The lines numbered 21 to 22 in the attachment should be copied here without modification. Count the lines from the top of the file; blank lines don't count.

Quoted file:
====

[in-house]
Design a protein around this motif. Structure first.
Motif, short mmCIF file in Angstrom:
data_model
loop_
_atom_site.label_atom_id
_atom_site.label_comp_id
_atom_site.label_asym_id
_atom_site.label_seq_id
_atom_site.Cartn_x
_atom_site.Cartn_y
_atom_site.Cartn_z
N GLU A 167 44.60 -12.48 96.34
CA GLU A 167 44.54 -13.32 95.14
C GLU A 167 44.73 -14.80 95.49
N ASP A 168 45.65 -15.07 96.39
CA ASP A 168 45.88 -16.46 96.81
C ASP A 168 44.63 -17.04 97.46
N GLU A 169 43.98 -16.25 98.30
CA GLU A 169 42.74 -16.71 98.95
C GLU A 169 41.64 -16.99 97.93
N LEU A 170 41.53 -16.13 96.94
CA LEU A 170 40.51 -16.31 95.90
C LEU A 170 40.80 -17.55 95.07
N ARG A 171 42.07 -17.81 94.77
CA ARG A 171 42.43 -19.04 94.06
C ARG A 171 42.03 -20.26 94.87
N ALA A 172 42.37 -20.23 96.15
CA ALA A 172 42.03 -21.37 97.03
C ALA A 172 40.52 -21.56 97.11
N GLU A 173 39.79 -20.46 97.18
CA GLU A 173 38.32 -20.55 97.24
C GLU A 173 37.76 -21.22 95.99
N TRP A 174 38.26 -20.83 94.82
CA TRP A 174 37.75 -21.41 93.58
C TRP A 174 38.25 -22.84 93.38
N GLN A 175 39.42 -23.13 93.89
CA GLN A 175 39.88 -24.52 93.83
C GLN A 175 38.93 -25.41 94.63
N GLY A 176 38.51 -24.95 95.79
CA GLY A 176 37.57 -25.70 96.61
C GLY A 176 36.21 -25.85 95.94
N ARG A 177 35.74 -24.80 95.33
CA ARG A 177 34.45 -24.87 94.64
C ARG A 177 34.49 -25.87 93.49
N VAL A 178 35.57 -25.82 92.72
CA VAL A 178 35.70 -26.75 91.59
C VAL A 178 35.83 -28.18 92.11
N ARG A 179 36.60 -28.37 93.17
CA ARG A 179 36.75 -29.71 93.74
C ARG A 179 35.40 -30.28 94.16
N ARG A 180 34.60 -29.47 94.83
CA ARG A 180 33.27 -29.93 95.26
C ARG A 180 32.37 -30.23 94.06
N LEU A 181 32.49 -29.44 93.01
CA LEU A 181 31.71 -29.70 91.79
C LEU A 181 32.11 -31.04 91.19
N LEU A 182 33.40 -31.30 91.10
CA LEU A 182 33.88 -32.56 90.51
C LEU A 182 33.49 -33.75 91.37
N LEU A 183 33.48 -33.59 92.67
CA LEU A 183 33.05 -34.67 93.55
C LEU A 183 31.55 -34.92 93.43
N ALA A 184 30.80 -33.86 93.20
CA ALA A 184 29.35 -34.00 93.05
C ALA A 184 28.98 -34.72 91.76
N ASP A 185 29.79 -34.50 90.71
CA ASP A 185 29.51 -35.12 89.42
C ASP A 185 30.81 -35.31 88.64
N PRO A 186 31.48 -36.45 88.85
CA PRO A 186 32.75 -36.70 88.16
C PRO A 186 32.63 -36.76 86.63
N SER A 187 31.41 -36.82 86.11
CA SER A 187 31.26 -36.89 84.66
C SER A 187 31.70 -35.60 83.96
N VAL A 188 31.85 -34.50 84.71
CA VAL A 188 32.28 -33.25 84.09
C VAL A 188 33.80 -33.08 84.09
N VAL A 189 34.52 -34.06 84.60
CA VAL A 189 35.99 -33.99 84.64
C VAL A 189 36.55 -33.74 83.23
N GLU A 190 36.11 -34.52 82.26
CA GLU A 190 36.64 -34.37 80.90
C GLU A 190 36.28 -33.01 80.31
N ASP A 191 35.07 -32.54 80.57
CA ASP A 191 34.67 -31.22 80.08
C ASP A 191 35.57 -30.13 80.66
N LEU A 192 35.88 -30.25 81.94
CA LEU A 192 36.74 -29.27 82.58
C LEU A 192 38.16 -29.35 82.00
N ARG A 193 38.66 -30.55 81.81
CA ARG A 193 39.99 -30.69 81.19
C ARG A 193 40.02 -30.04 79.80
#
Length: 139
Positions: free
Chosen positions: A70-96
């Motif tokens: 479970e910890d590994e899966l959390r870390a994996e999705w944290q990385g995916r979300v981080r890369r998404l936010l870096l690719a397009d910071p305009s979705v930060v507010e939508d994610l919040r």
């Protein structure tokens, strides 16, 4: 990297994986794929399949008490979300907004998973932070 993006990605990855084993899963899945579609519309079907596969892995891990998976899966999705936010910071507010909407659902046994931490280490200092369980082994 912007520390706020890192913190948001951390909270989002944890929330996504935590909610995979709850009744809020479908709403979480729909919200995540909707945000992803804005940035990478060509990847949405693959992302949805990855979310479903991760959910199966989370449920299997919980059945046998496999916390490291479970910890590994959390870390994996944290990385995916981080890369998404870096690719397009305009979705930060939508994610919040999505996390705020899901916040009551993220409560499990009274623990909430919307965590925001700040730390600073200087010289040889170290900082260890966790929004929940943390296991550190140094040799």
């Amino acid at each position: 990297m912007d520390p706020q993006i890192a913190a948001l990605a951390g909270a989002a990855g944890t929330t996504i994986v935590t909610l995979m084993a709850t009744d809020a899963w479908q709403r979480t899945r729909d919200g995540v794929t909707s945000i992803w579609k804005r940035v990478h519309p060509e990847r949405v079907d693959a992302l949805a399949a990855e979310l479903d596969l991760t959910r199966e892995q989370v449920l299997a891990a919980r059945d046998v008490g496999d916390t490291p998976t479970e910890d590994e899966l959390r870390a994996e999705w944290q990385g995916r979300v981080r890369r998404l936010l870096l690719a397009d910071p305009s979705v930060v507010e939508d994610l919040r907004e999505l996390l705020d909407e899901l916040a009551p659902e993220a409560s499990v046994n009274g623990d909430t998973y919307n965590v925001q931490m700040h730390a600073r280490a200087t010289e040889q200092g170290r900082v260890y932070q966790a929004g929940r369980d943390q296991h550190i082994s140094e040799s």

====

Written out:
C GLU A 169 41.64 -16.99 97.93
N LEU A 170 41.53 -16.13 96.94